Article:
5 Things: Sporting Clays Tips I’ve Learned Along the Way

Jul 30, 2021 | Musings of a Rookie | 0 comments

Musings of the Rookie – Sharing the Journey Part 9

Are you still looking for the great secret?  Maybe that Trijicon illuminated sight for when you are shooting sporting clays at night?  The Teflon butt pad that won’t snag on your vest when mounting?  That talisman that aligns your chakra with your break point?  Well, the great secret is that we’ve found about 1,000 great secrets – maybe 10% of which are of any use. 

To guide your quest, I offer five almost completely unrelated things you may want to try – or try again if it’s been a long time.

  1. Wear a hat. I’m not much into hats, but Kevin Cole was kind enough to stay on my case about this – and he’s right.  Warmth and fashion aside, debris has bounced off my hat that likely would have damaged my expensive shooting glasses.  Even more important, when a bird tracks toward the sun in a clear sky, the brim of the hat gives you a better chance at maintaining a visual connection with the target. 
  2. Visit the pattern board. This little gem is often neglected, but truly, should be revisited every time you switch guns, ammunition, accessories like chokes, stock changes or significant changes to your own body form.  The pattern board will tell you stories about Point of Impact (Are you shooting high / low / or off to the side of where you think you are?).  It will also tell stories about your pattern density and distribution at different distances.  You can ask staff or any of Silver Willow’s instructors how to get the most out of your pattern board sessions.  Perhaps we could entice our level 3 instructor, Luther Cutts, to dedicate an article (or a group training session) to the pattern board.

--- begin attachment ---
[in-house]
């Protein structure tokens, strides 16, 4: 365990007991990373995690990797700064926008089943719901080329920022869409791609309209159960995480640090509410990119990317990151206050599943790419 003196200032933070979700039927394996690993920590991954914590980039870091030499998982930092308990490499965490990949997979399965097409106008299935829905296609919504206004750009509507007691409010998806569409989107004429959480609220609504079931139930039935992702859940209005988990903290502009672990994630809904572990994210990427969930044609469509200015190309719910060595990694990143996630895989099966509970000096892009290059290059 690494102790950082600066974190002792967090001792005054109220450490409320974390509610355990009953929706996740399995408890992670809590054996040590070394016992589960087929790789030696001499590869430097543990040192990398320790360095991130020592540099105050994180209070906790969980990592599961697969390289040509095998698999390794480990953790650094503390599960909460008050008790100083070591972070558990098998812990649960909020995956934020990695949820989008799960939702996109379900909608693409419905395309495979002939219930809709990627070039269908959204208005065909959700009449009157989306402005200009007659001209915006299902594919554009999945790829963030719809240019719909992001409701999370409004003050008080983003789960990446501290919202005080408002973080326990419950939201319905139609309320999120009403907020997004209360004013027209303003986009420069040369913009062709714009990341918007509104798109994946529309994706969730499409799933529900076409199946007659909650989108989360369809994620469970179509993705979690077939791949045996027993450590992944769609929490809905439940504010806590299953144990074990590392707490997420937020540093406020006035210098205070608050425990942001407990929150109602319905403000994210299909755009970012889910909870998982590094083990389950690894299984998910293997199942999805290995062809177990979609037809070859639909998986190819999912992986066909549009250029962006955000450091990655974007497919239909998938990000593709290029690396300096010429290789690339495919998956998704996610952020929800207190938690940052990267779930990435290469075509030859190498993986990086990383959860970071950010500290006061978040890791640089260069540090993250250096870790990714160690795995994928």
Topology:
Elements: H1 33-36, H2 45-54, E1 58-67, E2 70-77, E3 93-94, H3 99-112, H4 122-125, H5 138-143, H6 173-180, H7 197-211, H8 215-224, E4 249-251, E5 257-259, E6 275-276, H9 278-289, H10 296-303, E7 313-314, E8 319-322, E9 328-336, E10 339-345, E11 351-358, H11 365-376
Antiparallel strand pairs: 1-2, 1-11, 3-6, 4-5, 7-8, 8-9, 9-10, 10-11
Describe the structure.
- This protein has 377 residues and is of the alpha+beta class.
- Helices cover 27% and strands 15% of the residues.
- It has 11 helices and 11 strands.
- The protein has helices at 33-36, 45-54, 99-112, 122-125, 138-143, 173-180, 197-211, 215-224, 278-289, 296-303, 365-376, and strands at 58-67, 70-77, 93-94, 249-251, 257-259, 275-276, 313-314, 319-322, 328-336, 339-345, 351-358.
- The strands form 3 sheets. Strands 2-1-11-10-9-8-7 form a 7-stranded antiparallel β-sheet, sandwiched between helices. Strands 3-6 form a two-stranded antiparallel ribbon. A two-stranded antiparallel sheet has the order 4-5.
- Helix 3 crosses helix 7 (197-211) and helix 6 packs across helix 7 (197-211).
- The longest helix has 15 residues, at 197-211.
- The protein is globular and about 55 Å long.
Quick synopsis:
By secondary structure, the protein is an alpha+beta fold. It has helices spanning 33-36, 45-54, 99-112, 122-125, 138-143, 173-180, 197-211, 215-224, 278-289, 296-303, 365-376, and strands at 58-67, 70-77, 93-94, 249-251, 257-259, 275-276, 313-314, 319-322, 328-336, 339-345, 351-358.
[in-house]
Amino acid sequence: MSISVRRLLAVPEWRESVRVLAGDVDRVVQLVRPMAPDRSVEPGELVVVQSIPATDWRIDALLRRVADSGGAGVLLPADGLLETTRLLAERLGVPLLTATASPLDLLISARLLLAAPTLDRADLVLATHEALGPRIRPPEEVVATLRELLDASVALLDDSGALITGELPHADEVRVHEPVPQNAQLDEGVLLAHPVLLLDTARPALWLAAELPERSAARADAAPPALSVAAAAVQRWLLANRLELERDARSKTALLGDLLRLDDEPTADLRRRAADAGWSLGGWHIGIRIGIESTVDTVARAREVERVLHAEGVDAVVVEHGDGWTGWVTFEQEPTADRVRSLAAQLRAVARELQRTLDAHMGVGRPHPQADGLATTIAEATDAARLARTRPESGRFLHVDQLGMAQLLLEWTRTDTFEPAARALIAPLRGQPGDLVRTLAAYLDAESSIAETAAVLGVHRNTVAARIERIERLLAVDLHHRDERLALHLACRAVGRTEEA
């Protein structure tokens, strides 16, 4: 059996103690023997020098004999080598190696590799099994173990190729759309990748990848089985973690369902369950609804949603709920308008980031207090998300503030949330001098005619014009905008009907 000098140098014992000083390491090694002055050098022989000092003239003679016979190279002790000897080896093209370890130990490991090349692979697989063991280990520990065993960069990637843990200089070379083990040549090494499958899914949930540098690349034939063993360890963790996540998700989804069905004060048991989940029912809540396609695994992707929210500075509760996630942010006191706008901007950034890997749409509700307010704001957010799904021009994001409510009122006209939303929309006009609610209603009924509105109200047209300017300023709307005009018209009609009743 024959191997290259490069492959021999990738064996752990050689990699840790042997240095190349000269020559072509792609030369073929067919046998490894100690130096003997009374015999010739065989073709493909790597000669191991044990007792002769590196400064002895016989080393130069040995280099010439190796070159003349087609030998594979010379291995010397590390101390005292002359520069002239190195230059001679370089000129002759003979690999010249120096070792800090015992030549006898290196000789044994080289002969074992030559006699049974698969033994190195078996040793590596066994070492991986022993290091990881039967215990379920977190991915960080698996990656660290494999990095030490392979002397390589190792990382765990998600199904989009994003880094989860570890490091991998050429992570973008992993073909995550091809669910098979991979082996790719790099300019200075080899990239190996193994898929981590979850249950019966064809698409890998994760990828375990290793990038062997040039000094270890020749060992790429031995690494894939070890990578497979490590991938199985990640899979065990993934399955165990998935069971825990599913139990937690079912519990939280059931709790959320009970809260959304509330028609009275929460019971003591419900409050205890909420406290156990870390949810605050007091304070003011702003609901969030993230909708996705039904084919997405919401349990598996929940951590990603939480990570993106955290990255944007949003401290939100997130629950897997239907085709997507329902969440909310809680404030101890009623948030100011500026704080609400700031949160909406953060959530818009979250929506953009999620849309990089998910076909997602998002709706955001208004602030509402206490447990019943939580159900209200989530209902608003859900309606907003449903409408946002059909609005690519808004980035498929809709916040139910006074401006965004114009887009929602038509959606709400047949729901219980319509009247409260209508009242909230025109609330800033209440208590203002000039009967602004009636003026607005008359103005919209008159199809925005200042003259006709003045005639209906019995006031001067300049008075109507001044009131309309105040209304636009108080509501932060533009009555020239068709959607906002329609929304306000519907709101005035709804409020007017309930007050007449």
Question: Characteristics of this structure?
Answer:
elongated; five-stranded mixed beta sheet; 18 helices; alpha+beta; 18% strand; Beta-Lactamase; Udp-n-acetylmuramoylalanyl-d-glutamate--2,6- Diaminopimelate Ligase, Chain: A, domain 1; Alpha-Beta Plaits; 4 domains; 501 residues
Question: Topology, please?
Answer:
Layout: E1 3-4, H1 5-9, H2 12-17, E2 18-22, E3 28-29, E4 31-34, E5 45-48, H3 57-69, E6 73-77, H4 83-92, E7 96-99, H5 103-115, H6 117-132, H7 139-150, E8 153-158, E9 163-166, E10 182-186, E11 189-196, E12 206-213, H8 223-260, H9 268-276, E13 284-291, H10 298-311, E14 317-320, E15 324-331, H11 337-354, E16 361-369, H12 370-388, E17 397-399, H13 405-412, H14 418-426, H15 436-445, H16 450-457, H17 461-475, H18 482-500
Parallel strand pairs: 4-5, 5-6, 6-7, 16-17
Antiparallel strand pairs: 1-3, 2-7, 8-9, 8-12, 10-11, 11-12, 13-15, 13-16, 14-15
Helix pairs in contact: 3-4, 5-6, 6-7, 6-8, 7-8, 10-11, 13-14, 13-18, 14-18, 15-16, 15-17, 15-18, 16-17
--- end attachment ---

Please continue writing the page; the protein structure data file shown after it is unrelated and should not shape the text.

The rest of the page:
3. Switch chokes once in a while when it’s called for. I’m one of those guys who rarely does a choke change on the course.  There isn’t much that modified won’t do.  Having said that, a fast moving rabbit at 10 meters, or one of Josh’s screaming distant crosses on the ridge – both warrant the 60 seconds it takes to switch.
  4. Take a lesson. It may seem pricey, but a lesson will improve your shooting more than burning a couple flats of shells practicing doing it wrong.
  5. Try a lighter load.  People used to think that more pellets moving faster was the formula for breaking more targets.  In fact, breaking targets is less about pellet count and ballistics – than it is about shooter mechanics and focus.  You probably aren’t recoil sensitive in the sense of pain, but the impact (pun intended) on your performance, is cumulative.

Rob Ridley